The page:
Abbott urged the public not to “fret” about people’s religion or clothing, and opposed a proposal by Bernadi and Lower House speaker Bronwyn Bishop to ban the wearing of burqas or niqabs in parliament.

The government’s pathetically ineffective “direct action” climate change policy is opposed by some members of the government. Significantly, cabinet minister Malcolm Turnbull has never been offered a portfolio that concerned energy or the mining industry.

Last month the government applied considerable pressure on the Australian National University authorities to modify or abandon their previous decision to divest the university of its shares in fossil fuel companies.

However, various Anglican dioceses joined the divestment campaign, and the International Panel on Climate Change has now declared that the use of fossil fuels must be phased out this century to avoid a catastrophic 2 degree rise in average world temperatures. Climate change emerged as a major issue at the Brisbane G20 meeting.

The government recently took the chairman of the Australian Securities and Investment Commission (ASIC) to task for suggesting that Australia was becoming a paradise for white collar criminals.

However, Nationals senator John Williams has called for a royal commission into white collar crime in the wake of revelations about the widespread use of tax havens by Australian corporations and overseas businesses operating here.

That may not go anywhere. ASIC had its funds cut by $120 million over four years in the May budget. In order to monitor the financial planning activities of the big four banks as well as AMP and the Macquarie Bank, it has now had to dip into the special fund reserved for taking cases to court, so if it finds evidence for a prosecution it may not have enough funds to pay for it.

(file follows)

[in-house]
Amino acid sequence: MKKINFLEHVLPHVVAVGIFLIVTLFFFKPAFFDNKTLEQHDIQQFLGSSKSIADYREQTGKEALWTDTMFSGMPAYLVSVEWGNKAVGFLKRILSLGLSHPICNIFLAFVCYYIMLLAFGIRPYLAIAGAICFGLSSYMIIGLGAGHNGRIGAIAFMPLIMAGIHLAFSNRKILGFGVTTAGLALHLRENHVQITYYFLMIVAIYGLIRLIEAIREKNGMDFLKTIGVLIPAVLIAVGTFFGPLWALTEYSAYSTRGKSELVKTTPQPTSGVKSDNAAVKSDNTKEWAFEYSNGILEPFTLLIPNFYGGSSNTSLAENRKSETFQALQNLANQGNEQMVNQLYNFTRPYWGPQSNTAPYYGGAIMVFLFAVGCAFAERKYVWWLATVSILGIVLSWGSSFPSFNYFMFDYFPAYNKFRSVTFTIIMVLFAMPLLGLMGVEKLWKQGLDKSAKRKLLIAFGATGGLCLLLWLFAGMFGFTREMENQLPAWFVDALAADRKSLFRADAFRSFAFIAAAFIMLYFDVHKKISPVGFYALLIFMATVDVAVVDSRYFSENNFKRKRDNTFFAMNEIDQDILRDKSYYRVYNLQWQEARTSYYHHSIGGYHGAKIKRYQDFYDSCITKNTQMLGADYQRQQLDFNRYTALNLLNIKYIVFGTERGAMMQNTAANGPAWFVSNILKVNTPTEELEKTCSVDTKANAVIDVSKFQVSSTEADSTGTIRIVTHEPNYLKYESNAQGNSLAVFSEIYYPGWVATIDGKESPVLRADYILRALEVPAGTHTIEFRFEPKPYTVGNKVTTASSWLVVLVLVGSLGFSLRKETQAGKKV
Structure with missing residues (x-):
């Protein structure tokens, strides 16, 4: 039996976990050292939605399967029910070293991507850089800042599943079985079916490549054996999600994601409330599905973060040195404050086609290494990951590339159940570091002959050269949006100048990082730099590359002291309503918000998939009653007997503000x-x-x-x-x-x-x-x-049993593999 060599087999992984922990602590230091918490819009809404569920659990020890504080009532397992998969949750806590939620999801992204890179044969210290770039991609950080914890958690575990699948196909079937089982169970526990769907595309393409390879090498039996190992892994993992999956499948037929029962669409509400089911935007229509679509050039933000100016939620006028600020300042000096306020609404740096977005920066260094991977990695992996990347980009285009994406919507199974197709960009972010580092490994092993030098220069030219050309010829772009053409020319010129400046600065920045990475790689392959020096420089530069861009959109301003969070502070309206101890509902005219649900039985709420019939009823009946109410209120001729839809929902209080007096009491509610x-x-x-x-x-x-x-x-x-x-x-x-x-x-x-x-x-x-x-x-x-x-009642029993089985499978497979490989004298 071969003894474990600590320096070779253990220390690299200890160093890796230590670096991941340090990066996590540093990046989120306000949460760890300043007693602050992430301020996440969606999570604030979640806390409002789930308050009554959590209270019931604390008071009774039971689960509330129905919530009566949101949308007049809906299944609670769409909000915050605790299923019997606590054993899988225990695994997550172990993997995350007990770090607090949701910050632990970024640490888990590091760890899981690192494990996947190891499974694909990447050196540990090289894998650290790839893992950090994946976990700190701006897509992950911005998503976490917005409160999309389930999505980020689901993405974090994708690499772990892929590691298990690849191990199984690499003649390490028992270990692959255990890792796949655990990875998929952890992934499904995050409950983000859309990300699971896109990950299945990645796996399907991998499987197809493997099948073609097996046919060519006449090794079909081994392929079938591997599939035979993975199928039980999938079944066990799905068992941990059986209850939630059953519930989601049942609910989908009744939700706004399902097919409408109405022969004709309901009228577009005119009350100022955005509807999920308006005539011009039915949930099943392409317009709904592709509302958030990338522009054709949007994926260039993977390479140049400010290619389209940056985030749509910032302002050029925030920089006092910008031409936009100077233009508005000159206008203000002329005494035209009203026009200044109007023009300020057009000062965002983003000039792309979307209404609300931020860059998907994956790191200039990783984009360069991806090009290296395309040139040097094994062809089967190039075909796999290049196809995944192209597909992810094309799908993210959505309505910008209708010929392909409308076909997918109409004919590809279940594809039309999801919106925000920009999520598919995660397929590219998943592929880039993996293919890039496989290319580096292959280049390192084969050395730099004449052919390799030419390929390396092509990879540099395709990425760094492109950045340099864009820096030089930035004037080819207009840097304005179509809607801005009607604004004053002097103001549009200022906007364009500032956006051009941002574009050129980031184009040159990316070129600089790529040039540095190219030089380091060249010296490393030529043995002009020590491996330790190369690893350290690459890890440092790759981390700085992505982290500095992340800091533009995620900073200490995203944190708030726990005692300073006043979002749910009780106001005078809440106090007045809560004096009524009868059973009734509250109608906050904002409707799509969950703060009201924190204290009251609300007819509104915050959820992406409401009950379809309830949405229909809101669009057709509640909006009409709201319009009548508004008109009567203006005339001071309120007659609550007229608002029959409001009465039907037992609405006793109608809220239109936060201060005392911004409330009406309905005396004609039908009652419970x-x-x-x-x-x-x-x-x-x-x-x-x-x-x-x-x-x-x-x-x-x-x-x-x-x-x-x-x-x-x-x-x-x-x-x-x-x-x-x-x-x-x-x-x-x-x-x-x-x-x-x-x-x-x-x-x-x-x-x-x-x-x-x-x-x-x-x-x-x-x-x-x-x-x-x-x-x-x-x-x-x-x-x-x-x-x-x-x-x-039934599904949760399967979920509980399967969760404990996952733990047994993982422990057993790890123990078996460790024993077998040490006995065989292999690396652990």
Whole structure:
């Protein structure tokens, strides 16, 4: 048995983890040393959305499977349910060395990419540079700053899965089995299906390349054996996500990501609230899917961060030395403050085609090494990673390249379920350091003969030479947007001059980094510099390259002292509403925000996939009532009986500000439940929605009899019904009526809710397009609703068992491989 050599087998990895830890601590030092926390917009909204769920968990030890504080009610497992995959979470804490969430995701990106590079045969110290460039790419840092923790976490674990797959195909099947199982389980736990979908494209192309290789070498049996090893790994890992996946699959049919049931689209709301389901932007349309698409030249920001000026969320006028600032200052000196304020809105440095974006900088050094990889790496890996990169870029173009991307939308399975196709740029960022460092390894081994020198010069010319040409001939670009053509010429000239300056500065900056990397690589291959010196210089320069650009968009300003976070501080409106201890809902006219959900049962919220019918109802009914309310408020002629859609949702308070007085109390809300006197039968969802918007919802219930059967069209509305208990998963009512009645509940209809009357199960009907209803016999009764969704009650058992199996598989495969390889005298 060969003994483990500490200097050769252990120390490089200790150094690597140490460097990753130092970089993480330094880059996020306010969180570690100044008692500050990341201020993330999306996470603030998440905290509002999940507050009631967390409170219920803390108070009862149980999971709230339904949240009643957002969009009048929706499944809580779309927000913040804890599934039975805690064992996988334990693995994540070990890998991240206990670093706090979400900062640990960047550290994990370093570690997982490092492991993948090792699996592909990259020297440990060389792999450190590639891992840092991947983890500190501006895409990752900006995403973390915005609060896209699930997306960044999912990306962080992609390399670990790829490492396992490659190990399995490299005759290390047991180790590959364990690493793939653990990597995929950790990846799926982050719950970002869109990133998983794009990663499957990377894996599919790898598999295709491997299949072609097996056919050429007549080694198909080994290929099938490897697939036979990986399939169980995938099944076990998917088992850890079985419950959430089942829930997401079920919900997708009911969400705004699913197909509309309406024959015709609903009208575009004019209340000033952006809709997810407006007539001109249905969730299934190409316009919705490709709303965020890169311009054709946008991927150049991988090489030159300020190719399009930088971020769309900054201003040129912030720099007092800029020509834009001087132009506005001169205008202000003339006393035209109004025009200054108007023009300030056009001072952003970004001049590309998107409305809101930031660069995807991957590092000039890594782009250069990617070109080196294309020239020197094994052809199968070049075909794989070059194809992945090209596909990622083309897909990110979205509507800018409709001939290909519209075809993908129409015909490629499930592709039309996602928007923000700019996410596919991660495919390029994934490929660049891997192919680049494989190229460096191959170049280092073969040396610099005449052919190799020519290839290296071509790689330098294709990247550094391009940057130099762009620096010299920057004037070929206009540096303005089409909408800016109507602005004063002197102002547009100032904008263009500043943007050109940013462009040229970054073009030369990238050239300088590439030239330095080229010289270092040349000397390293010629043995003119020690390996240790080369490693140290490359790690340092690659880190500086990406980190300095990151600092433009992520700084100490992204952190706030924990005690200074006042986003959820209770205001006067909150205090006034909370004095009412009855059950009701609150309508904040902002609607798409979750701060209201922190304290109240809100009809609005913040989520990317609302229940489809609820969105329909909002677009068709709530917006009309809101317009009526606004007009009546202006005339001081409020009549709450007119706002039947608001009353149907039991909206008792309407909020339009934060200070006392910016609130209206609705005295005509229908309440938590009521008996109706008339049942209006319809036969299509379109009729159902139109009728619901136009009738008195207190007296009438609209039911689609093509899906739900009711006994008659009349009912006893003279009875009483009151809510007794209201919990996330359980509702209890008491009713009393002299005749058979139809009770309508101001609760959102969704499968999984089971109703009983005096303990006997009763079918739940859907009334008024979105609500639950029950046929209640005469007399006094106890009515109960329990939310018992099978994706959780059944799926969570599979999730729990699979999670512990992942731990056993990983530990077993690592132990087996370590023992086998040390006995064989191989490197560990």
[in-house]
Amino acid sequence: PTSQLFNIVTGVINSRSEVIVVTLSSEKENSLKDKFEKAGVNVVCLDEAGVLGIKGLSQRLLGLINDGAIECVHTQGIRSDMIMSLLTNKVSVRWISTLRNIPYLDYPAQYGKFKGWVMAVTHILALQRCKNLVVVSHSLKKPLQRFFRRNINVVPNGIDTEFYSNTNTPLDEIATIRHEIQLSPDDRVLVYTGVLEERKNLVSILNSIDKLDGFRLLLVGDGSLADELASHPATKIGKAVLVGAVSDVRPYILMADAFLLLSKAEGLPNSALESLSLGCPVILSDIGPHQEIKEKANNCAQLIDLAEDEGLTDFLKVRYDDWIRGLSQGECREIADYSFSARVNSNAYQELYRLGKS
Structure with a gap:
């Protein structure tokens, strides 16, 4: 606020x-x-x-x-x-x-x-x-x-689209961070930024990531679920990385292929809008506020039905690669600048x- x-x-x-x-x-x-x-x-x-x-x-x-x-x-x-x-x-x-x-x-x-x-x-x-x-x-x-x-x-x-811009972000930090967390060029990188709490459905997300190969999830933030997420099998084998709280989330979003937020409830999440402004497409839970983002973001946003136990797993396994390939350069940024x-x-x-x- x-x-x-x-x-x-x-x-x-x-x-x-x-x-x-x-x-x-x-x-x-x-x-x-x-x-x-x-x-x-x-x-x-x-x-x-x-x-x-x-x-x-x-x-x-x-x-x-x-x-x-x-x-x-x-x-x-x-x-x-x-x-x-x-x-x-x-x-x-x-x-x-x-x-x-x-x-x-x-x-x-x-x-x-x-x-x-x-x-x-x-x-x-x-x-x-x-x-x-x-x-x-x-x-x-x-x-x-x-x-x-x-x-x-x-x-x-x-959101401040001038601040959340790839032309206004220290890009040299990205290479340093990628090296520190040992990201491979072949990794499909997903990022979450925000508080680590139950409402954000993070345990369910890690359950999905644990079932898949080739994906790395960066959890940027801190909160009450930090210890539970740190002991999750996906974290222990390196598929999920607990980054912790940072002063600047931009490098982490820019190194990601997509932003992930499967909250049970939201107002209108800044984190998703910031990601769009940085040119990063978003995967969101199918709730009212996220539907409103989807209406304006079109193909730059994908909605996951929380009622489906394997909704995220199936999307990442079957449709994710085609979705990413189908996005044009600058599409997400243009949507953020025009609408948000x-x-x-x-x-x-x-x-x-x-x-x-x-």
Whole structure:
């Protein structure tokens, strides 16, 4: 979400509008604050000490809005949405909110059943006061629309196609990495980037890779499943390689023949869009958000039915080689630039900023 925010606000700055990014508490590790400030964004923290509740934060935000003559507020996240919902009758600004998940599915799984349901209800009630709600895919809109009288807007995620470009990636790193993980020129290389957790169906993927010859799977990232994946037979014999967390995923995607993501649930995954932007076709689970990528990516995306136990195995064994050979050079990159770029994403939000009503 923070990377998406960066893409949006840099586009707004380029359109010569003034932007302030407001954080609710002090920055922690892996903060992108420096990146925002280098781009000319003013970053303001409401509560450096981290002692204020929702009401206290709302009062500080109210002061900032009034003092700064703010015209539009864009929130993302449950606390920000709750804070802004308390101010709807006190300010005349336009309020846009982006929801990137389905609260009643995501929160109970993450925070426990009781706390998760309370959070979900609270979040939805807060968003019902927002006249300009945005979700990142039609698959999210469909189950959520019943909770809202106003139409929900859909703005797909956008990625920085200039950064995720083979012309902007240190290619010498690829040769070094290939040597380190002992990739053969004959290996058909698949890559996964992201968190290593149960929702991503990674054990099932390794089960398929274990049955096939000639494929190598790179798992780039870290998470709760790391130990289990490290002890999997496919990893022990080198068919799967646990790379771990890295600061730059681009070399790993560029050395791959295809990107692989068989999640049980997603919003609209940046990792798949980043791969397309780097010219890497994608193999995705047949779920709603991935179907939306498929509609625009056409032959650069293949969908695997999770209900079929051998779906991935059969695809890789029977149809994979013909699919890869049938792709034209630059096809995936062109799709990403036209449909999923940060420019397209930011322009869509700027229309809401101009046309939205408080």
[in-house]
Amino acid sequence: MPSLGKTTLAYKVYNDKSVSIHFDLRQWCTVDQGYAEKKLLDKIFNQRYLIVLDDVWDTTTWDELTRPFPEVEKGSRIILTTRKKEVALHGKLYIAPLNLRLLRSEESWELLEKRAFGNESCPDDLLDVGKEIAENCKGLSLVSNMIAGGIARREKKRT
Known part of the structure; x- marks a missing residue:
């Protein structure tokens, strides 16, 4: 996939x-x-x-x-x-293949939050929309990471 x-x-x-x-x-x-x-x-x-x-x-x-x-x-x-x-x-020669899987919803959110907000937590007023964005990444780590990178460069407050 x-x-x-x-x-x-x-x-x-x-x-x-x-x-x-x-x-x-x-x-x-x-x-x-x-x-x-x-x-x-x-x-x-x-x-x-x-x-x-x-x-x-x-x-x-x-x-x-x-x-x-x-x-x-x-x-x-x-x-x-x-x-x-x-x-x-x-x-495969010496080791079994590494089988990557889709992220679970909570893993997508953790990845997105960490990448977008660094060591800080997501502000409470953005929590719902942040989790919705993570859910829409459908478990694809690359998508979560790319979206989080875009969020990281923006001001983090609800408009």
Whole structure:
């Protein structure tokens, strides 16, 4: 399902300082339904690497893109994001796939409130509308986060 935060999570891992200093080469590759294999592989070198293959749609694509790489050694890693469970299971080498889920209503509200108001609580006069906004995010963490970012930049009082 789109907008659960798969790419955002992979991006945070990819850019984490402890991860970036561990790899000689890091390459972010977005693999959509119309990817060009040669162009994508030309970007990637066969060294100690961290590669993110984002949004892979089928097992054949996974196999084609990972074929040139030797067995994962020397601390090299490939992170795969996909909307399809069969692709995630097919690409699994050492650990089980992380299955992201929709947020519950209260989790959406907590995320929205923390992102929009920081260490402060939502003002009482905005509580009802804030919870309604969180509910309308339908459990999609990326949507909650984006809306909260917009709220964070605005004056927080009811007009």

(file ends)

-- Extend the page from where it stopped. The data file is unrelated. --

The government’s Paid Parental Leave scheme is opposed by virtually every coalition MP, and discussions with the state governments over integrating state parental leave programs into the federal PPL scheme have broken down.

Earlier this month the Prime Minister found himself involved in a bitter row within his own electorate, over the government’s approval of plans to convert former military buildings at Middle Head on Sydney Harbour to an aged care home. The plan is opposed by the PM’s own sister, a local resident, and the largest Liberal Party branch in the electorate recently passed a motion calling on the government to reject the development.

And now tensions are simmering between the two coalition partners. The Nationals bitterly resented the government’s wooing of the Palmer United Party to gain its support for the “direct action” climate change plan. The Nationals are concerned about implications of the “carbon farming” aspects of the policy, and are also fully aware of growing opposition within rural communities to coal seam gas mining, which the government wholeheartedly supports.

The government is dogged by splits and dissension, but it only has itself to blame. As someone once remarked, be sure your sins will find you out.

Next article – The role of US and Turkey in battle of Kobani